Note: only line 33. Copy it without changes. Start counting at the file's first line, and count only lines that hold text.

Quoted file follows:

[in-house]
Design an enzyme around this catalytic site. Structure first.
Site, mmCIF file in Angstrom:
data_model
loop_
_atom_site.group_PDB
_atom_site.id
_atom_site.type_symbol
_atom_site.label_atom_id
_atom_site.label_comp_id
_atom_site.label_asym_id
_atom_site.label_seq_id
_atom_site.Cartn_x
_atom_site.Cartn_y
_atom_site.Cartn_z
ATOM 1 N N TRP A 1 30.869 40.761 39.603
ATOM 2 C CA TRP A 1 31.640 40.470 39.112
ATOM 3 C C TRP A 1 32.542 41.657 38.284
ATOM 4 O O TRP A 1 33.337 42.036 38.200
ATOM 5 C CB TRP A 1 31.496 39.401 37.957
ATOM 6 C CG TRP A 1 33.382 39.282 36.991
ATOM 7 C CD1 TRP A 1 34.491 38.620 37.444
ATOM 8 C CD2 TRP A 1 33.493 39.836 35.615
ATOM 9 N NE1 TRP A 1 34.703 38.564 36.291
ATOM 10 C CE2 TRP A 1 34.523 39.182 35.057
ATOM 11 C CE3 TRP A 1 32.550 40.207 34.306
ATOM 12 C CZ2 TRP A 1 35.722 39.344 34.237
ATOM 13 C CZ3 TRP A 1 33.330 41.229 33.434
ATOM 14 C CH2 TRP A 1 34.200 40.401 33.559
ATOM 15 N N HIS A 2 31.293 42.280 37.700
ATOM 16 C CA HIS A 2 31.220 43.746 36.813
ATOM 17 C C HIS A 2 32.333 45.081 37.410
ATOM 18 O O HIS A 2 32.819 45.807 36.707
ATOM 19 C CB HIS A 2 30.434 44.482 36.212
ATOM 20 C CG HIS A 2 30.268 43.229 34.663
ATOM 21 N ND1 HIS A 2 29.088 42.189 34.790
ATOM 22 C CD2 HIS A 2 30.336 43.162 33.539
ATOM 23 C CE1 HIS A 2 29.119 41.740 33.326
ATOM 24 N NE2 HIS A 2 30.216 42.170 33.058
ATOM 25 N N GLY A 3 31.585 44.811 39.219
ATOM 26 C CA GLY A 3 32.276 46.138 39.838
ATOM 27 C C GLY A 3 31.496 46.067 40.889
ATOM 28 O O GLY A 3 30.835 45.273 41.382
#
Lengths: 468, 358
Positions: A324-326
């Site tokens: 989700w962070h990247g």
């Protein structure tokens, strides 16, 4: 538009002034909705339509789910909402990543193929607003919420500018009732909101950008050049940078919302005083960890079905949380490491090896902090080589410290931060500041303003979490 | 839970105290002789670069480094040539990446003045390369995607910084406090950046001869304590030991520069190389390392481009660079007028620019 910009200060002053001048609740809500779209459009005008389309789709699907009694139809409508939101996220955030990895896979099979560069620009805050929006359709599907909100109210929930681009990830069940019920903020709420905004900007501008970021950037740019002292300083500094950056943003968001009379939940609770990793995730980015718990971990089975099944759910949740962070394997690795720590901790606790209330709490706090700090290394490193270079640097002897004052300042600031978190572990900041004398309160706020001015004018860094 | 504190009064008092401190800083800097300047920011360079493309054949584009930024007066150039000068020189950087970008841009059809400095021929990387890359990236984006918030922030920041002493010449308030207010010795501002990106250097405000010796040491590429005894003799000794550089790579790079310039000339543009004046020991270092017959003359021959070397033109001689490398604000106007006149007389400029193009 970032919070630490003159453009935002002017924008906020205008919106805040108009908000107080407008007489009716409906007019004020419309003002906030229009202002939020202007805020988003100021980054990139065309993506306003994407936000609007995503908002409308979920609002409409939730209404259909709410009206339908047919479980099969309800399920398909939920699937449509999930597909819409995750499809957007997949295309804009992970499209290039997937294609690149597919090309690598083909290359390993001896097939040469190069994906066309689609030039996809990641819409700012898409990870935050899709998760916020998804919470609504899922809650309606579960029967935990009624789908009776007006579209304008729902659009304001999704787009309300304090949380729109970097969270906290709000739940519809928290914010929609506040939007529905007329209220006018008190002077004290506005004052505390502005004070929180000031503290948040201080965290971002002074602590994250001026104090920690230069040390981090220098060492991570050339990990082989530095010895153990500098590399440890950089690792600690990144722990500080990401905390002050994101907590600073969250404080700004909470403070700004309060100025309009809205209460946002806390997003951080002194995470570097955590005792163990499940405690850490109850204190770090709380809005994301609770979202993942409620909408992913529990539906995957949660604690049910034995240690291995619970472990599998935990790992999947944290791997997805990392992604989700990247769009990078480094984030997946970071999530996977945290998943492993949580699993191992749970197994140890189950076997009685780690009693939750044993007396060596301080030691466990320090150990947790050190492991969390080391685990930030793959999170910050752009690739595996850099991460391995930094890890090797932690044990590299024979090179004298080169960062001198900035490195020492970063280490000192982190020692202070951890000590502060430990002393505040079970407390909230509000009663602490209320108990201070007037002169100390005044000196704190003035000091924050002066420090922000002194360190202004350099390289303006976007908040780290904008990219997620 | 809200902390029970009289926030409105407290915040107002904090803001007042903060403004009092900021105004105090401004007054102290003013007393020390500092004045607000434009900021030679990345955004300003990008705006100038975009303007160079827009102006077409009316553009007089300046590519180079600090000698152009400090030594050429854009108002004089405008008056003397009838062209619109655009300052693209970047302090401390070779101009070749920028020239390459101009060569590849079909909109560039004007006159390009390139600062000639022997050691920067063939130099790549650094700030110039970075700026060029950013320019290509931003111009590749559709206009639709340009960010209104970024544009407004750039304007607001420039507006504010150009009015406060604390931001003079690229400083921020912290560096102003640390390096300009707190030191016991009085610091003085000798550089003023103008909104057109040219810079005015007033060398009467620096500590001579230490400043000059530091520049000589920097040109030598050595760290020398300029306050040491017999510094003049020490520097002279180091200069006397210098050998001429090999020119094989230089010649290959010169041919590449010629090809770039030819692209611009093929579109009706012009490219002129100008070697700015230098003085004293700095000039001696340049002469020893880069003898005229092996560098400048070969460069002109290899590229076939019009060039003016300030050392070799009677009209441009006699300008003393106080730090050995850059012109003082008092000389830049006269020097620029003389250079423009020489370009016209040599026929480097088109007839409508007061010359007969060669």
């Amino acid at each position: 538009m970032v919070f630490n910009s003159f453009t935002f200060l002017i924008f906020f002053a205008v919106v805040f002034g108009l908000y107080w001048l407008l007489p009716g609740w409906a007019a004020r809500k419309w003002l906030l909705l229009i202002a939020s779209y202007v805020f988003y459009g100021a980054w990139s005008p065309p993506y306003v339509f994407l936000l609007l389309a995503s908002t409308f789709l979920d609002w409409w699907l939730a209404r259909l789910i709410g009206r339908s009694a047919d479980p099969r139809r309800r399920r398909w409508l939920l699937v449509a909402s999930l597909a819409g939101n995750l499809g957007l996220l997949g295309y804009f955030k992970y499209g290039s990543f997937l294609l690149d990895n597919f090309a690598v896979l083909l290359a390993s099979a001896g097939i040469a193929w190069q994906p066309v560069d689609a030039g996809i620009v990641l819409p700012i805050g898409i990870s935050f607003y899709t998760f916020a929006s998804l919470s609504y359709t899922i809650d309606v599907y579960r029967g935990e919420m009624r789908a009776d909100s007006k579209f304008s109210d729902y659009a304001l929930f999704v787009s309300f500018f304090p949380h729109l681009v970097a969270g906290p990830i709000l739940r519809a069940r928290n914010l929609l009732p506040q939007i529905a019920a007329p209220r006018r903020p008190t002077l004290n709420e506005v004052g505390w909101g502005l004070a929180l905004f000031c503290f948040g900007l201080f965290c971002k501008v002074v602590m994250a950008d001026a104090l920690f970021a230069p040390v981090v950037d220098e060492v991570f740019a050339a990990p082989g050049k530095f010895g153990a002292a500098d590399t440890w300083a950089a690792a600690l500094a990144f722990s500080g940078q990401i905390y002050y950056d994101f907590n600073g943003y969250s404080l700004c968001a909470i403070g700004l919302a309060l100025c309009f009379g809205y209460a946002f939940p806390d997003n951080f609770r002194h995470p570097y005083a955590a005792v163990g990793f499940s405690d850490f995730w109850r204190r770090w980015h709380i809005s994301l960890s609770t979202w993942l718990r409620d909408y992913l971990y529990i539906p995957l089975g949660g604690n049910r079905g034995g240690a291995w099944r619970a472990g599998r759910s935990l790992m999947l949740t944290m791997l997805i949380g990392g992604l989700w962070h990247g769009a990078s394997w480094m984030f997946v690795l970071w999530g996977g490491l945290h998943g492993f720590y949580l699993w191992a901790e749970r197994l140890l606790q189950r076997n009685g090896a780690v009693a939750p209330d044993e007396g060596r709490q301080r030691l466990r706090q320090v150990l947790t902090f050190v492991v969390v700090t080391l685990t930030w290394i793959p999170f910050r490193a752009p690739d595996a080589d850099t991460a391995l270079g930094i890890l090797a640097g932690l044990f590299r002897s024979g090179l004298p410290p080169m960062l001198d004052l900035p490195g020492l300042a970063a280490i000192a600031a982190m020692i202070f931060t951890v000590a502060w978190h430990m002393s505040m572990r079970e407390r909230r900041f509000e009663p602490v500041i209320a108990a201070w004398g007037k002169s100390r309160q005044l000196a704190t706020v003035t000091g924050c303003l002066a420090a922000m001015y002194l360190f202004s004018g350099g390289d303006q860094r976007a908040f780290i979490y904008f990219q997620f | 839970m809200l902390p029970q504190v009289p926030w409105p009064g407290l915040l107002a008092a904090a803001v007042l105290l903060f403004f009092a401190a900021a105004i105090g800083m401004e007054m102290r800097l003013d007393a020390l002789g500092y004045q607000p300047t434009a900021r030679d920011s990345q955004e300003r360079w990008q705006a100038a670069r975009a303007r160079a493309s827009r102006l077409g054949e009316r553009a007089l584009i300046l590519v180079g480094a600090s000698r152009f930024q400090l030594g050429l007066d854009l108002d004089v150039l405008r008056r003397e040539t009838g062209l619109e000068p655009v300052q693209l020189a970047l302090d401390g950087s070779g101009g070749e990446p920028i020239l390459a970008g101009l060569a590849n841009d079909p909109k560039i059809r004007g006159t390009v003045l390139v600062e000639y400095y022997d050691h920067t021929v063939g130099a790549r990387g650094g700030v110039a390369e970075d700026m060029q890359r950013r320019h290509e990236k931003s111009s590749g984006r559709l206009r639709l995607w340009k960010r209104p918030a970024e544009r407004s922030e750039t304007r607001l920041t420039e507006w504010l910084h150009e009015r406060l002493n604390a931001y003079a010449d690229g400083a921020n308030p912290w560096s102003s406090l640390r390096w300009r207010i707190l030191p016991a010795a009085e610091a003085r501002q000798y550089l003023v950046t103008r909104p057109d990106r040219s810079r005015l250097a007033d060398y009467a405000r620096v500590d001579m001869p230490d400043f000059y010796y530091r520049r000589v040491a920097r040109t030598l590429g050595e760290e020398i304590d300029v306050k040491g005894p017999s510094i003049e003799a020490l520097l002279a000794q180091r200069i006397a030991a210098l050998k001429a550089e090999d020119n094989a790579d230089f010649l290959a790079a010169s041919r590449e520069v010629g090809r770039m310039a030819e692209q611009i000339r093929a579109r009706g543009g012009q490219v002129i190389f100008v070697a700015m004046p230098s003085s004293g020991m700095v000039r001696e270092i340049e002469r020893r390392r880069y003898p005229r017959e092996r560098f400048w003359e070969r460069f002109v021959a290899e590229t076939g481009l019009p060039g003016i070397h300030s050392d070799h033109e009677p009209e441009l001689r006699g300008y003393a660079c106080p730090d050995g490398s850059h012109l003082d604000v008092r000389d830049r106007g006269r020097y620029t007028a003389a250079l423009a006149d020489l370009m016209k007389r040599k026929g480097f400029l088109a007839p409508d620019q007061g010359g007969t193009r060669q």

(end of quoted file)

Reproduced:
ATOM 18 O O HIS A 2 32.819 45.807 36.707